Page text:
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Comparative transcriptomics of the widespread Mycena mushrooms: What genomic features makes saprotrophs turn into opportunistic biotrophs and symbionts?

Internationalisation Fellowships


My project aims to discover the molecular mechanisms fungi use to switch between their different lifestyles, and how they adapt to extreme habitats such as the Arctic Tundra. Fungi perform notable ecosystem functions in nature, both beneficial - as degraders of dead material (saprotrophs) and in symbiotic relationships with vascular plants (mycorrhizal) - and harmful, as parasites on plants and animals (pathogens), or as degraders of houses/buildings. I use the genus Mycena as model organisms, since I have recently discovered that there are species shifting between these different life forms within this single genus, and since I have found Arctic species to have 10 times larger genomes than most fungi. I will be based at Lund University who are world-leading experts in genomics of fungi.


In many projects sequencing fungal genomes, the ecology (lifestyle) of the species analysed is being been taken for granted based on general assumptions of a whole genus. Here, we have already directly tested the growth of the fungi on different media and their interaction with host plants, and expand on this alongside our sequencing their genomics and transcriptomics (gene expression). Because of this, and since our study organisms are closely related, yet display a continuum of ecologies - saprotrophic, parasitic and beneficial - we are much better able to directly identify recently evolved features, the genetic mechanims that controls them, and how they work. This could elucidate enigmatic parts of the fungal evolution which are of direct interest to all scientists working with fungi.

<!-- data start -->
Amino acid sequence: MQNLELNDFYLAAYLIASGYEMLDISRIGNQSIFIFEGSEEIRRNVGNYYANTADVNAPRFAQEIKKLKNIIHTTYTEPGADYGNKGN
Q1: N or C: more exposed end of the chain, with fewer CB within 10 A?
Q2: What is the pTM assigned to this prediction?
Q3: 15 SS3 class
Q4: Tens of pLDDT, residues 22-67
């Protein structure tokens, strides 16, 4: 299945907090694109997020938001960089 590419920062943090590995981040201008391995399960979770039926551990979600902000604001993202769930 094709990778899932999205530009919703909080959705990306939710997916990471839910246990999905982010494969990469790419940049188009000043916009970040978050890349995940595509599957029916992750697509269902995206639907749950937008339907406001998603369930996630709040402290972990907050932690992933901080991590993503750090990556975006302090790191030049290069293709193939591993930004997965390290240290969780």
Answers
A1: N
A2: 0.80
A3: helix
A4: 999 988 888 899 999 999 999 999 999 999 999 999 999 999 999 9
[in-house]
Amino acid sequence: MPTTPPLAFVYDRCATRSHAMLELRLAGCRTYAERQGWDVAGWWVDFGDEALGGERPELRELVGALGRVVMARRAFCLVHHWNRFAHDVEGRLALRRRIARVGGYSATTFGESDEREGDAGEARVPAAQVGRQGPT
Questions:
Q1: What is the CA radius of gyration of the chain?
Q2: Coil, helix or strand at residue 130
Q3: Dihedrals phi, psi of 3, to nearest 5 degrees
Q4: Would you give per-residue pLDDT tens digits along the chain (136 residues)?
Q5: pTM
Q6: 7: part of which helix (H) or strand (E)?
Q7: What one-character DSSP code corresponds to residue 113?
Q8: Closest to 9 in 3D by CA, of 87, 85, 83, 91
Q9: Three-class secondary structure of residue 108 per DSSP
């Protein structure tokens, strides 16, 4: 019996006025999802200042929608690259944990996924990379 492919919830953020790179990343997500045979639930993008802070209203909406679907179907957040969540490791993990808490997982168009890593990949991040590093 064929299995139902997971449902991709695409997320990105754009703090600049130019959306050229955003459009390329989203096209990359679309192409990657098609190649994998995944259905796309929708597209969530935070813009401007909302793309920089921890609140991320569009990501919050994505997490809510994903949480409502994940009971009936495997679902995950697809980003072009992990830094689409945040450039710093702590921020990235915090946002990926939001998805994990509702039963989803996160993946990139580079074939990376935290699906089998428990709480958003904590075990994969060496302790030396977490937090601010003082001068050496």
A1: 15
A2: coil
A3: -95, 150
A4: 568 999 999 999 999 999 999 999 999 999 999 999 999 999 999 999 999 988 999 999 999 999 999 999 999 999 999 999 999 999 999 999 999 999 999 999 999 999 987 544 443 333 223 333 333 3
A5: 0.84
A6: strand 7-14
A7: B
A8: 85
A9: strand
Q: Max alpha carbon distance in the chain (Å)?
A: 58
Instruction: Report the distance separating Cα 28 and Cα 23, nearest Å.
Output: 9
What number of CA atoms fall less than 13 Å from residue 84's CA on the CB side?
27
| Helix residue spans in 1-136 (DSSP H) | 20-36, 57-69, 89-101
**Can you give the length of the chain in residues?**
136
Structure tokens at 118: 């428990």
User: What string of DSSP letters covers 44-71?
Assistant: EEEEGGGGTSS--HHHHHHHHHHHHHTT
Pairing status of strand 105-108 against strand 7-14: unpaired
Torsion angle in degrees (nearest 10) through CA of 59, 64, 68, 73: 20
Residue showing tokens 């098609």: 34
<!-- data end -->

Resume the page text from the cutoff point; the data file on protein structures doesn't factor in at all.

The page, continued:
My research will be done in collaboration with 5 institutions that all have specific expertise in each subfield I need. I will go to Greenland with Jacob Heilmann-Clausen (University of Copenhagen) to obtain Artic mycorrhiza-fungi for genome sequencing. Joint Genome Institute (USA) and University of Nancy(France) will assist the genome sequencing. I will grow my Mycena and Mhost plant(birch) cultures in Lund, extract the DNA/RNA there, and then analyse their gene expression in cooperation with Lund and The Oslo Mycology Group. Finally, I will take Mycena-infected birch roots to the Natural History Museum of Paris, where they specialise in the FISH-hybridisation technique, to identify Mycena species that assemble near the root tip and are likely to be mycorrhizal.


Fungi have a direct impact on the human economy. It has long been known that the (beneficial) mycorrhizal infection in host trees/crops increases their health and growth. Furthermore, about 60% of the thousands of commercial enzymes used in dairies, detergent production, paper mills, in brewing or in the biofuel industries are originally derived from fungi. Conversely, as much as 16% of all crop harvests globally are lost to pathogenic fungi, and dry rot wood-decaying fungi destroying buildings are known as a major problem to many homeowners around the world. Our genome sequencing and identification of fungal genes form a very direct basis from which the biotech industry may extract information about fungal enzymes which they can then later modify and optimise for their specific needs.